#MeToo - Sarah Solemani speaks out about sexual harassment in film and TV


Sarah Solemani has spoken out about her experience of sexual harassment in the television and film industry.

The actress and writer, whose credits include Bridget Jones’s Baby, Him & Her, Bad Education and The Wrong Mans, said the problem was “toxic and starts in the audition room”.

In a piece for the Guardian she described her first experience of sexism in showbiz at 19.

She wrote: “I was invited to the director’s house for dinner, just the two of us. He cooked. It was delicious. He’d had practice, to be fair, being in his 50s.

“After dinner he asked how I felt about nudity. Another role in the project we were working on had involved nudity, so it didn’t feel a strange question, being 19 and ever so keen.

“‘Oh but your story needed it,’ I gushed. ‘It was brilliantly done.’

“‘But would you ever get naked?’ he asked.

“‘Yes!’ I said. ‘Of course, if the story needed it.’

“He looked at me. He smiled. ‘Go on then,’ he said, gently. ‘If you think you could, why don’t you just take your clothes off right now?’

“Bang. Suddenly I remembered my male co-star tutting when I told him I was having this meeting. Shit.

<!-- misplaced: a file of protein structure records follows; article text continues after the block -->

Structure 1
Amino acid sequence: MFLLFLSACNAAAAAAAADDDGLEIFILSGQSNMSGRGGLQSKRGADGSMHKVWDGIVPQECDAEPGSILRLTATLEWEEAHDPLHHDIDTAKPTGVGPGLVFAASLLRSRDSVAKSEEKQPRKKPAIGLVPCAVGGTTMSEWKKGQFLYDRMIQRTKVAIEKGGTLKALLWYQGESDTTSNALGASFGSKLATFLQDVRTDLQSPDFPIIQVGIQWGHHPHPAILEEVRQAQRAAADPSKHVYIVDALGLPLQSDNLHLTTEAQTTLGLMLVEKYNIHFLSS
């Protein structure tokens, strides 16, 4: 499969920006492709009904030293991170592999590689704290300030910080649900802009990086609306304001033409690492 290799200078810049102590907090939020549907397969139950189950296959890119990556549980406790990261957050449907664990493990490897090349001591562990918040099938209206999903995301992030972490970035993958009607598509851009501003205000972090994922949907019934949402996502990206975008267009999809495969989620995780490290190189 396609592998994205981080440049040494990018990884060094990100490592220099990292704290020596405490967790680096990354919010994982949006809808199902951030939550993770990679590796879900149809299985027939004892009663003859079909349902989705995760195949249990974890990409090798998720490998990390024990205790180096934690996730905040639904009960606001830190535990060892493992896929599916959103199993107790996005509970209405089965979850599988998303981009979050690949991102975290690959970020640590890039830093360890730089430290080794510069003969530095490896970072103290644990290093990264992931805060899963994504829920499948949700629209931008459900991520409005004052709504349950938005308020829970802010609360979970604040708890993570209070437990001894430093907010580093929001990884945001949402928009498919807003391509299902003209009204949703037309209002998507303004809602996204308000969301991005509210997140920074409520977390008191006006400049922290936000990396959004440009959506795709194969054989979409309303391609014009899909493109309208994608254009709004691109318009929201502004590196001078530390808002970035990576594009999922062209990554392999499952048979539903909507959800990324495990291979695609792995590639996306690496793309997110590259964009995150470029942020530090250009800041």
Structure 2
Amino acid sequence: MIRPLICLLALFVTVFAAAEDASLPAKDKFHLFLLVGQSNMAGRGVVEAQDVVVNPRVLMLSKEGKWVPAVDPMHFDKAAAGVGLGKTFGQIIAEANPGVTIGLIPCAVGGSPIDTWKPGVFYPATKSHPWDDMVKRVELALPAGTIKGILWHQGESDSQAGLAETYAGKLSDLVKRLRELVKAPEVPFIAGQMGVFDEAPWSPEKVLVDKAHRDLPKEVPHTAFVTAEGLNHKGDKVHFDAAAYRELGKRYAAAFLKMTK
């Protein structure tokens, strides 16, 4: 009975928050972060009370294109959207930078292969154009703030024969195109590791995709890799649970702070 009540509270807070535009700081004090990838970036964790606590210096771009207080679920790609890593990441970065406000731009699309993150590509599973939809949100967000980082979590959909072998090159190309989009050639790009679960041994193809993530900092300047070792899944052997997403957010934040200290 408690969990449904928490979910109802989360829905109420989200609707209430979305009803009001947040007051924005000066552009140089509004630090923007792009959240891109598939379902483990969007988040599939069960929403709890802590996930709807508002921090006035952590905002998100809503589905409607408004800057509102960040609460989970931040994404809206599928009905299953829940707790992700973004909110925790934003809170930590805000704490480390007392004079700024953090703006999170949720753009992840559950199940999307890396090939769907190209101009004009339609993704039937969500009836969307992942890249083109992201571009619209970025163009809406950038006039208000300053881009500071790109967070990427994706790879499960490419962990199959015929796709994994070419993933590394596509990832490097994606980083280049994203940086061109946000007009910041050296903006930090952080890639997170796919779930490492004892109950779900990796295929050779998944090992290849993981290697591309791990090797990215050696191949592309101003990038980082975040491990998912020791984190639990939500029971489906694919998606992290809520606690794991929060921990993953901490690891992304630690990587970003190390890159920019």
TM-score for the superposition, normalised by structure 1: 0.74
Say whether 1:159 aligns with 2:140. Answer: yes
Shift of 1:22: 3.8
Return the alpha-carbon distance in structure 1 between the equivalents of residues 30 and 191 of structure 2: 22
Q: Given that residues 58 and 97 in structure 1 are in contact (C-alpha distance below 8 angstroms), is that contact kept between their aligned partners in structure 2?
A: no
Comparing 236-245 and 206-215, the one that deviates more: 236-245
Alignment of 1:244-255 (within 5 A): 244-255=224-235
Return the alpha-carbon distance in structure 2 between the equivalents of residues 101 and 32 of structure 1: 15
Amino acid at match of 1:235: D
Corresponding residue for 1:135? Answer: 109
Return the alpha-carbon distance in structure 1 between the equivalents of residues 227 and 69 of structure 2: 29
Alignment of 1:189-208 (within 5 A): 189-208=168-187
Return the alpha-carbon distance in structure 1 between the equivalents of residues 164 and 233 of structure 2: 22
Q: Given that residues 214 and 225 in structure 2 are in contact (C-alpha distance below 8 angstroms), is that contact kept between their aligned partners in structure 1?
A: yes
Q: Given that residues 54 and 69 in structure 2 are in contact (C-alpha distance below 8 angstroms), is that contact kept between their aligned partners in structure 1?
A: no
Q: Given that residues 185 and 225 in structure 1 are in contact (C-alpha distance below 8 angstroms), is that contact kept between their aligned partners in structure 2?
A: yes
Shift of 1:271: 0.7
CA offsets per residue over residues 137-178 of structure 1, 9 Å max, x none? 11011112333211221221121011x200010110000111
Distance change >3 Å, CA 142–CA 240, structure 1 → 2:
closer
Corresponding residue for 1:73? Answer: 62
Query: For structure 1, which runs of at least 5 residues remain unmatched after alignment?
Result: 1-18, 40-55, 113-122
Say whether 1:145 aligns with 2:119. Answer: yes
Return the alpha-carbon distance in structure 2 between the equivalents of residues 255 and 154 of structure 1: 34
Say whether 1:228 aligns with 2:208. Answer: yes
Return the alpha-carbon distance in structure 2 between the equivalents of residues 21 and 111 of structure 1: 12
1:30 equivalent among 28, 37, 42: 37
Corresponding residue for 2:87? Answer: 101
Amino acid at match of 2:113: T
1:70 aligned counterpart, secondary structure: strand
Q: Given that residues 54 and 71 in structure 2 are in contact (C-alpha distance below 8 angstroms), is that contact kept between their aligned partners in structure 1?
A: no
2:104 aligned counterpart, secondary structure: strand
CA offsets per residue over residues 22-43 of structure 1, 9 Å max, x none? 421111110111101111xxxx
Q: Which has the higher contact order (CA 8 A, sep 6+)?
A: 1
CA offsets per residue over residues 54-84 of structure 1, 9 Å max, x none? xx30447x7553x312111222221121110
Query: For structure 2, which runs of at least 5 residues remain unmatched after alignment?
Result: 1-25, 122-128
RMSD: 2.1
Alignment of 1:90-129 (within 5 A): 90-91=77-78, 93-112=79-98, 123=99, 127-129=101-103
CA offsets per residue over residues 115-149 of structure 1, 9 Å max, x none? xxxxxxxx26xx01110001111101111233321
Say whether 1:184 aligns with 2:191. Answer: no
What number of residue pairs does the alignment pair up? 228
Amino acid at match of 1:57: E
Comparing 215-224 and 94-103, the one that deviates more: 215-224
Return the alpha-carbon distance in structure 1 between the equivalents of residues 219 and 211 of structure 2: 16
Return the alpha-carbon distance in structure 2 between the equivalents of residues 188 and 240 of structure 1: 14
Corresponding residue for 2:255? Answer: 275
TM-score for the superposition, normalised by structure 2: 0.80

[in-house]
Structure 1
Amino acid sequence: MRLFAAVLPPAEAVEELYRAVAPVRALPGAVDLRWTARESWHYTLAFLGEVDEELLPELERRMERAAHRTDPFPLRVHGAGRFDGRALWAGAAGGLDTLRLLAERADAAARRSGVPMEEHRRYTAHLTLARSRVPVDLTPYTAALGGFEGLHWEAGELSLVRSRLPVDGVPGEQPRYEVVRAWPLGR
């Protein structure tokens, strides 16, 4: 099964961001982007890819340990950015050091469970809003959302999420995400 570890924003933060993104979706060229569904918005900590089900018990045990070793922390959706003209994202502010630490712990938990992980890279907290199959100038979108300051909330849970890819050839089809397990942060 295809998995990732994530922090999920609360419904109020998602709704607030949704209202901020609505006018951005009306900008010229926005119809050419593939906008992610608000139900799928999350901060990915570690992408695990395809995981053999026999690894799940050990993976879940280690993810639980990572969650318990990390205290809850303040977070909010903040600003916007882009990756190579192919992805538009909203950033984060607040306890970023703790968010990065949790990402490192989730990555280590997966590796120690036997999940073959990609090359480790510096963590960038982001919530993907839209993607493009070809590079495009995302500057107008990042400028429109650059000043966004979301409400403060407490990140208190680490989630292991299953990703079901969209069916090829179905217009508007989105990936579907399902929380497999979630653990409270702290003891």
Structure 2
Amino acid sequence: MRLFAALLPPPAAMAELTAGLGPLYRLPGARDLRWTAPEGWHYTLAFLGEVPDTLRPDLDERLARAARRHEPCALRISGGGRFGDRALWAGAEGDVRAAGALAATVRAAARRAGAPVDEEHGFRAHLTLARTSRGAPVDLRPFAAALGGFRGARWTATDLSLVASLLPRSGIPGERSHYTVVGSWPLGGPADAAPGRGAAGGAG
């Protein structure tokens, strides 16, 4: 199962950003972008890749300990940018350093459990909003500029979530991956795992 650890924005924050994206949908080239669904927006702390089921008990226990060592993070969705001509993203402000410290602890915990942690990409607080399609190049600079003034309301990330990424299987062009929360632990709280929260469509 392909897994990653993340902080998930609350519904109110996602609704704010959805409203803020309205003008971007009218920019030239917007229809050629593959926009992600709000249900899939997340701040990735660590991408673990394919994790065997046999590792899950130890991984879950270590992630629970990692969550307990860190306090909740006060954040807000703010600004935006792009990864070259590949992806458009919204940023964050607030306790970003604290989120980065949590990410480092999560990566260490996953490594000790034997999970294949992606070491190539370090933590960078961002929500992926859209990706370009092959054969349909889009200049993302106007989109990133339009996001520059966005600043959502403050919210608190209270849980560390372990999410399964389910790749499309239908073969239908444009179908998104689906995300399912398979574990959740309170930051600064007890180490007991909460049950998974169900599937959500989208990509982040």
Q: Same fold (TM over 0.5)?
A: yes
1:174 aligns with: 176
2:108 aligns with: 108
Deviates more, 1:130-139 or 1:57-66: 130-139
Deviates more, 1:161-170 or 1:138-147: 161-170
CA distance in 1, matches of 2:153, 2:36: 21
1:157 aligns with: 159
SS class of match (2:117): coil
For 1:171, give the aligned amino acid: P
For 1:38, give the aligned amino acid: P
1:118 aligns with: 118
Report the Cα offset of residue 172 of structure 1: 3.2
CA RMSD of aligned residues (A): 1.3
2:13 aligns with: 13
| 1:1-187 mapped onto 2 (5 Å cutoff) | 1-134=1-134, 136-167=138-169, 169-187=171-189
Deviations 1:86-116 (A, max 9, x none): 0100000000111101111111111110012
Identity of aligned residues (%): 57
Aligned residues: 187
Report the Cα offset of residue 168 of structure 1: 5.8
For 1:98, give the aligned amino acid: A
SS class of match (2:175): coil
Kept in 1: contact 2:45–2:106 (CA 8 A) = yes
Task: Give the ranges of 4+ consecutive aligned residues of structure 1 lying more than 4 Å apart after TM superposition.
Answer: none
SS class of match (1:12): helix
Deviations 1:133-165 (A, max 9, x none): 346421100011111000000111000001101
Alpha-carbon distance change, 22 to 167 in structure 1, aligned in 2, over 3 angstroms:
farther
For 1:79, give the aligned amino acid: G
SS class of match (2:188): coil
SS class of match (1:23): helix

“‘Oh, OK, it’s just…’s just… I’ve got a little bit of period left.’”

Ms Solemani said it was a decade before she realised “what an abuse of power this had been.”

She said like many women in her industry she had “normalised it” to carry on with her job.

She wrote: “The truth is, most of the really appalling things in the industry happen in the audition room – and often with a female casting director supervising, facilitating the (usually) male director’s vision.

“If an actress’s heart doesn’t sink at the words, ‘there’s no script, this audition is going to be improvised’, it will thud into her guts upon hearing, ‘and this is Adam, he’s playing your boyfriend, Simeon’.”

Ms Solemani described the pressure put on women to be as “relaxed” as possible and willing to let fellow actors touch them during an audition with no warning.

She wrote: “This is a test to see how relaxed and spontaneous you are, how free – which in acting, for women, means how little you flinch when a stranger runs his hands over your body.”

The actress said she had been inspired to speak out about sexual harassment by the campaigning on gender and race by her peers such as actresses Lena Dunham, and Jessica Chastain.

She wrote: “They’ve taught me to speak up, to call people to account, to be unafraid of burning bridges.”

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